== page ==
In the event of a suspected concussion the referee stops the game to allow the injured player to be assessed by the team doctor, in accordance with Law 5 of the IFAB Laws of the Game. In principle this should take no more than three minutes, unless a serious incident requires the player to be treated on the field of play or immobilized on the field for immediate transfer to hospital (e.g. spinal injury).

 

Any player suffering a head injury that requires assessment for potential concussion will only be allowed to continue playing after the assessment, on specific confirmation by the team doctor to the referee of the player’s fitness to do so.

UEFA, to their credit, implemented this 3-minute rule and return to play eligibility for the 2015-2018 cycle.  However, why wasn’t it applied to the Karius concussion?

According to league officials and the medical staff, they didn’t see the collision between Ramos and Karius take place.  We can speculate on the veracity of that statement considering big games can skew the idea of risk/reward for all parties involved (like with Kristoff Kramer) but I’ll have to take those comments at face value – they were unaware and therefore the UEFA concussion/MTBI assessment wasn’t initiated.

That being said, what is UEFA doing to mitigate the chances that this doesn’t happen in the future and injuries like the Karius concussion aren’t missed?

VII.  New UEFA concussion/MTBI protocol

From my understanding, UEFA had already been considering updating the protocol to allow for medical staff on the sidelines or in the stands to review incidents with video playback, such as with tablets.

This video rewind and playback of concerning incidents was implemented by the EPL in 2016 and mirrors the head injury assessment process in the Rugby Union.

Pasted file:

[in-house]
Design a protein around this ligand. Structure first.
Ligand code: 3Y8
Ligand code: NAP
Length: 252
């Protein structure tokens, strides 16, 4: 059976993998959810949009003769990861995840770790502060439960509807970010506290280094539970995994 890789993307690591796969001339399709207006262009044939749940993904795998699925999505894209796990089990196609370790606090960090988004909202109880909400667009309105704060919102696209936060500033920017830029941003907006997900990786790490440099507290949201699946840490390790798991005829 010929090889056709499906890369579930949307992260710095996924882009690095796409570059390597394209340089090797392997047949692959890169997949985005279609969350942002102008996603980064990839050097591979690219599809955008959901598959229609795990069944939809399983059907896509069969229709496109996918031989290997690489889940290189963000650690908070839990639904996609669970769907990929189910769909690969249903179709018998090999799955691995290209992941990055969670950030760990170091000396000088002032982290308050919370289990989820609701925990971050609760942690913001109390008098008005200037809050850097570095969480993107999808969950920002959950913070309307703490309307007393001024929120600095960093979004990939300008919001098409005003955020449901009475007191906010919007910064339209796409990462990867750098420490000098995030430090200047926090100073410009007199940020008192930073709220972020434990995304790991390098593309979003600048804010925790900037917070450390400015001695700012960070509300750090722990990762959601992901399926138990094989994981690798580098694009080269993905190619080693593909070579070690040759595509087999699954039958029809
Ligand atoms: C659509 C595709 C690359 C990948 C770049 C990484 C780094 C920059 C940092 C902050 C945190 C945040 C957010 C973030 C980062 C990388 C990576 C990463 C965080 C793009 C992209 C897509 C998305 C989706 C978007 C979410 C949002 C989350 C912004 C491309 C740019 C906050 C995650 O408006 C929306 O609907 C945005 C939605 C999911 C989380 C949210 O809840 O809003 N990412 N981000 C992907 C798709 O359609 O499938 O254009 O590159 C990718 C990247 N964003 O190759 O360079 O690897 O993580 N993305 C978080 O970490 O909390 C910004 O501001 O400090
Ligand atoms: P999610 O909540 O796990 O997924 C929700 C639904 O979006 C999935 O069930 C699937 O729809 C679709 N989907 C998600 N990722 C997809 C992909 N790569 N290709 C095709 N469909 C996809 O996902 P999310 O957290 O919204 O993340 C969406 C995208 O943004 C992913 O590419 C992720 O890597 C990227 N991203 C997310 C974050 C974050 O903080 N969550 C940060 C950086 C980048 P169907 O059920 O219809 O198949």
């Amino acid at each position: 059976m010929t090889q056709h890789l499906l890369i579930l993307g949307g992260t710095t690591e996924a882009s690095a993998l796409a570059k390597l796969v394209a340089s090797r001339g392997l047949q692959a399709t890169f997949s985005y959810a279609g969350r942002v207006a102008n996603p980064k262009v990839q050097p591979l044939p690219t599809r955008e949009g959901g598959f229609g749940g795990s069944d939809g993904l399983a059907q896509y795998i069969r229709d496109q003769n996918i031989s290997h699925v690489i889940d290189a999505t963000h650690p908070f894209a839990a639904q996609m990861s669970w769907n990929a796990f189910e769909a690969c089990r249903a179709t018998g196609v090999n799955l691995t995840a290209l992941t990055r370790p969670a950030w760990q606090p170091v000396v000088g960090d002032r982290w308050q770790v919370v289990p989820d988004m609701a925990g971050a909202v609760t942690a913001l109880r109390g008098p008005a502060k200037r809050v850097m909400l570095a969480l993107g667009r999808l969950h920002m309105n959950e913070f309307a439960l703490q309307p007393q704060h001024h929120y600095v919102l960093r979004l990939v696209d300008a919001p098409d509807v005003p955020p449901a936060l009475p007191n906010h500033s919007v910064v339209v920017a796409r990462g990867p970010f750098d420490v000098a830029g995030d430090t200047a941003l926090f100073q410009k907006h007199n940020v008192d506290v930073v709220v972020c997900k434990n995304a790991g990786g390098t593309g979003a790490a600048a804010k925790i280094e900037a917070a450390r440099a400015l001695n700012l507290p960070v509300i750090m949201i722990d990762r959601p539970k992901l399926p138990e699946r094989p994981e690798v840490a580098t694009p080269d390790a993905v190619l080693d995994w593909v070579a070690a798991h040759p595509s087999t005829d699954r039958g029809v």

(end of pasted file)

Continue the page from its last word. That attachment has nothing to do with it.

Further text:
The Karius concussion has brought increased scrutiny and pressure for that change to take place.  Additionally, there are increasing calls to give more time for the concussion/MTBI assessment and allow for a temporary sub.

Here’s what Dr. Willie Stewart, a British neurosurgeon who has been a champion for improving head injury assessment in soccer and rugby, told BBC Sport:

“Football doesn’t allow an interchange for a player to be assessed to see if he has a brain injury; doesn’t allow significant time for the medics to assess the player; doesn’t have a video review of events to be able to say if there was a glancing blow on my goalkeeper’s head which I didn’t notice.

 

“It’s unacceptable in 2018 that it should be this way.”

100% agreed.

Additionally, Premier League docs are currently at the forefront of demanding change in concussion/MTBI protocol and assessment, asking for the following:

  • If a player is suspecting of having a concussion/MTBI, they are allotted 10 minutes off the field for further assessment
  • In those 10 minutes, a temporary substitute is allowed.  If a concussion/MTBI is confirmed, the temporary sub becomes permanent
  • The addition of a 4th substitute in cases where a player has to be taken off due to concussion/MTBI

The overall point of these is, first and foremost, to increase player safety.  Additionally, these changes would decrease the pressure on medical staffs to rush to judgement regarding a concussion/MTBI diagnosis and decrease the pressure on players, especially goal keepers, to stay in the game after head injury.